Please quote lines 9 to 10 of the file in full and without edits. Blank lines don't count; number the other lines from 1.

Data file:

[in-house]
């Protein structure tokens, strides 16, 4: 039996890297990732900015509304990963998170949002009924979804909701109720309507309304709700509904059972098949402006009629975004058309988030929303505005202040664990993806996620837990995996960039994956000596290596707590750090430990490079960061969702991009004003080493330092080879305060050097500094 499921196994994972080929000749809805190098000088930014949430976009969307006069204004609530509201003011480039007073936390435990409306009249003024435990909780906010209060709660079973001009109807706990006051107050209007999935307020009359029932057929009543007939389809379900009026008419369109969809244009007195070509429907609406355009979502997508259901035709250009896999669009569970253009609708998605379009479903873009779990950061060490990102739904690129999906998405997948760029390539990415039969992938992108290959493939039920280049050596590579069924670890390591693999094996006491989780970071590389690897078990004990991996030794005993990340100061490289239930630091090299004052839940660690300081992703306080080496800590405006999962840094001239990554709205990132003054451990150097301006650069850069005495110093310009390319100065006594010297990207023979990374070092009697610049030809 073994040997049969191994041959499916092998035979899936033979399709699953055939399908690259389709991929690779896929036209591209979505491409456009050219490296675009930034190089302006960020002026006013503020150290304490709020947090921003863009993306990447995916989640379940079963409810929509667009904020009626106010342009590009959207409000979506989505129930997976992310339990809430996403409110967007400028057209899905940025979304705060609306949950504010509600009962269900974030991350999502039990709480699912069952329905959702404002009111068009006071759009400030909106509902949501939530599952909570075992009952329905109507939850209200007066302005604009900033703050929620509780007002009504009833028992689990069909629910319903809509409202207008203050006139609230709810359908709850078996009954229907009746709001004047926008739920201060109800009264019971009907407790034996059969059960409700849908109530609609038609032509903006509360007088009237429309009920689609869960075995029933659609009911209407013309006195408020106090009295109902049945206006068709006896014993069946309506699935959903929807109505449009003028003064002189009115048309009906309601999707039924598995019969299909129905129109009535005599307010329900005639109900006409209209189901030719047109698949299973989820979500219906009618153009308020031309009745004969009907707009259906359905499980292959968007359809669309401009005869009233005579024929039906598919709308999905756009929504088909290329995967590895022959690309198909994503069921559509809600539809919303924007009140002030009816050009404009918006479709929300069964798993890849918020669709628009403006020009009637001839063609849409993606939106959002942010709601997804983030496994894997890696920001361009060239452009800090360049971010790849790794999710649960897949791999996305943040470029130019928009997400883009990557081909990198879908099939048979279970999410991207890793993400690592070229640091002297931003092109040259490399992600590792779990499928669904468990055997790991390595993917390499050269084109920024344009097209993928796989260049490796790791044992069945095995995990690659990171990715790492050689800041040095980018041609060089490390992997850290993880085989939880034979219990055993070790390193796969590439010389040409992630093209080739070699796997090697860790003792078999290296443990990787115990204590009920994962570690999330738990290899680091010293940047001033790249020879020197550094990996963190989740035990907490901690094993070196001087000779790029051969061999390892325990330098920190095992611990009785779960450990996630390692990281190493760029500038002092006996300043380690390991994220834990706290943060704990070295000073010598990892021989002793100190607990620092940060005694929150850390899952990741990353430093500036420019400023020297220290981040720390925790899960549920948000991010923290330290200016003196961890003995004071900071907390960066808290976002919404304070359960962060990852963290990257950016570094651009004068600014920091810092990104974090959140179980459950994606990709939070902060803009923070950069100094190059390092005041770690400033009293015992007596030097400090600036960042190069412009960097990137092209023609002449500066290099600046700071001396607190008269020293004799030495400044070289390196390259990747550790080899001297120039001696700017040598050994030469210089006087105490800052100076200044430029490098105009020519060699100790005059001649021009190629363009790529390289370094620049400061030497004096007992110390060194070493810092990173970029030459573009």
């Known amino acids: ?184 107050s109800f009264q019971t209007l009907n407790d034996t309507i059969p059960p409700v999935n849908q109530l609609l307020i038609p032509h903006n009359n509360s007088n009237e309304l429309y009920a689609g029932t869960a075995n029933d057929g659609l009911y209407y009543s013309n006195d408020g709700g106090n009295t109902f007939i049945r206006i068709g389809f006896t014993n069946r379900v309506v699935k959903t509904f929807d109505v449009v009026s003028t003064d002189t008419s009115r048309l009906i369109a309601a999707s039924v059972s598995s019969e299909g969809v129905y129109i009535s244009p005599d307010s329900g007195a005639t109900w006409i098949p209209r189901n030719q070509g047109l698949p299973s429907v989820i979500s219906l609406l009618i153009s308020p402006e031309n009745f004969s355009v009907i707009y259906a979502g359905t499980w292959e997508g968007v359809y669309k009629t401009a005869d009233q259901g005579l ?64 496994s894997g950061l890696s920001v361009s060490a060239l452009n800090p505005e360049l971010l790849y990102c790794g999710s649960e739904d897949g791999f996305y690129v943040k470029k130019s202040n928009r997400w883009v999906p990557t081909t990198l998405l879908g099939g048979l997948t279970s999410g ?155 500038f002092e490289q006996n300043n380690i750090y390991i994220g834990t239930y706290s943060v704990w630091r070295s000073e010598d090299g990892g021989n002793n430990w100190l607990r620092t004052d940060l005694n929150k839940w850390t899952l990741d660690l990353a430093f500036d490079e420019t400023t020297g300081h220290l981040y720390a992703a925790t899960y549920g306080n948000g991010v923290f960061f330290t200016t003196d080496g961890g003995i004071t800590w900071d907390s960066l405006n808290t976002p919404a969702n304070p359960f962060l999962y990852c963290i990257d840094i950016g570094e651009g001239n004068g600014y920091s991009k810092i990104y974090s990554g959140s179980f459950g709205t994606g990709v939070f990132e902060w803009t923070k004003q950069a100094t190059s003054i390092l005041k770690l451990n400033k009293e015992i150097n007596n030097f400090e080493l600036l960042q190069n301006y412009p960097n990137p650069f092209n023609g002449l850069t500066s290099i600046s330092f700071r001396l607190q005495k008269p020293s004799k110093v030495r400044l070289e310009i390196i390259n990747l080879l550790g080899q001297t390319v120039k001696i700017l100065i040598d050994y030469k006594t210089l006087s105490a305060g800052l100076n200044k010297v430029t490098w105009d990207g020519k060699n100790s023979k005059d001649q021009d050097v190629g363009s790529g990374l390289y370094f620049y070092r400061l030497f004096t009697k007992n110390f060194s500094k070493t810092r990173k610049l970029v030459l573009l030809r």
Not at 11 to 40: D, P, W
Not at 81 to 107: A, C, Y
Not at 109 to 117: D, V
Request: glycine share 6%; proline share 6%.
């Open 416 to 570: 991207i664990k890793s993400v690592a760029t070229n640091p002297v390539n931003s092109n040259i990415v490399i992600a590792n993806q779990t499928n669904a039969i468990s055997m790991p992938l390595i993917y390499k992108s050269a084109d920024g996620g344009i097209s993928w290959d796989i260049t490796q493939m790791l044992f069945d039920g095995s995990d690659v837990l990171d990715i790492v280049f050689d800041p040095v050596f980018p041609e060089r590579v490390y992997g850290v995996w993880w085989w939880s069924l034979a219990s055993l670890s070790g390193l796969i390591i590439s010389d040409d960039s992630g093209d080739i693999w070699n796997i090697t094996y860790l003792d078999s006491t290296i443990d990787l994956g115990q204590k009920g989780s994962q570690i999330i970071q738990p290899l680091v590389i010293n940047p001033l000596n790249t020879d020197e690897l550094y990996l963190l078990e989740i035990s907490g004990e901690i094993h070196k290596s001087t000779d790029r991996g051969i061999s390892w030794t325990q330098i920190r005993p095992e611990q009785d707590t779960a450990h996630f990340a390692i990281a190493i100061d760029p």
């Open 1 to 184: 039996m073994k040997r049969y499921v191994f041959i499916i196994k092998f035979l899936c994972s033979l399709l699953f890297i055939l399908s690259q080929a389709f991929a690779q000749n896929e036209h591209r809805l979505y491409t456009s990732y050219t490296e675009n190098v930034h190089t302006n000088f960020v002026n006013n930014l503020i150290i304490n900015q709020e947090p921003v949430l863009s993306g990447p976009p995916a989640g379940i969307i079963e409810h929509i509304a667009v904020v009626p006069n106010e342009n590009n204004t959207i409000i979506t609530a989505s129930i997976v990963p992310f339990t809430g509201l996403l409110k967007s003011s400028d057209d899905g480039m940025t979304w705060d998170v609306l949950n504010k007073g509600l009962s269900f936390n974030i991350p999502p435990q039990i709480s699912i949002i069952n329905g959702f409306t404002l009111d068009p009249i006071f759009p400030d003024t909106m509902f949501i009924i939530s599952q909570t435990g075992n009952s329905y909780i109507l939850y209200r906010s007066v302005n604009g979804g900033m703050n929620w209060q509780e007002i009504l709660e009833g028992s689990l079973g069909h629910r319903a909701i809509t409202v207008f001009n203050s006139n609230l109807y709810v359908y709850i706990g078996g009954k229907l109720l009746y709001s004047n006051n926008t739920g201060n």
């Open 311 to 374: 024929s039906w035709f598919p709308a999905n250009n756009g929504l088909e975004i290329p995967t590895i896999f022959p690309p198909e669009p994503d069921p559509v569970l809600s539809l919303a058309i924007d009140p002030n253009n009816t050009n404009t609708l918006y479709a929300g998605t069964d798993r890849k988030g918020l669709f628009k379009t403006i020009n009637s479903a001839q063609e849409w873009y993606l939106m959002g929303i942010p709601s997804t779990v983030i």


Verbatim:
């Open 1 to 184: 039996m073994k040997r049969y499921v191994f041959i499916i196994k092998f035979l899936c994972s033979l399709l699953f890297i055939l399908s690259q080929a389709f991929a690779q000749n896929e036209h591209r809805l979505y491409t456009s990732y050219t490296e675009n190098v930034h190089t302006n000088f960020v002026n006013n930014l503020i150290i304490n900015q709020e947090p921003v949430l863009s993306g990447p976009p995916a989640g379940i969307i079963e409810h929509i509304a667009v904020v009626p006069n106010e342009n590009n204004t959207i409000i979506t609530a989505s129930i997976v990963p992310f339990t809430g509201l996403l409110k967007s003011s400028d057209d899905g480039m940025t979304w705060d998170v609306l949950n504010k007073g509600l009962s269900f936390n974030i991350p999502p435990q039990i709480s699912i949002i069952n329905g959702f409306t404002l009111d068009p009249i006071f759009p400030d003024t909106m509902f949501i009924i939530s599952q909570t435990g075992n009952s329905y909780i109507l939850y209200r906010s007066v302005n604009g979804g900033m703050n929620w209060q509780e007002i009504l709660e009833g028992s689990l079973g069909h629910r319903a909701i809509t409202v207008f001009n203050s006139n609230l109807y709810v359908y709850i706990g078996g009954k229907l109720l009746y709001s004047n006051n926008t739920g201060n």
């Open 311 to 374: 024929s039906w035709f598919p709308a999905n250009n756009g929504l088909e975004i290329p995967t590895i896999f022959p690309p198909e669009p994503d069921p559509v569970l809600s539809l919303a058309i924007d009140p002030n253009n009816t050009n404009t609708l918006y479709a929300g998605t069964d798993r890849k988030g918020l669709f628009k379009t403006i020009n009637s479903a001839q063609e849409w873009y993606l939106m959002g929303i942010p709601s997804t779990v983030i």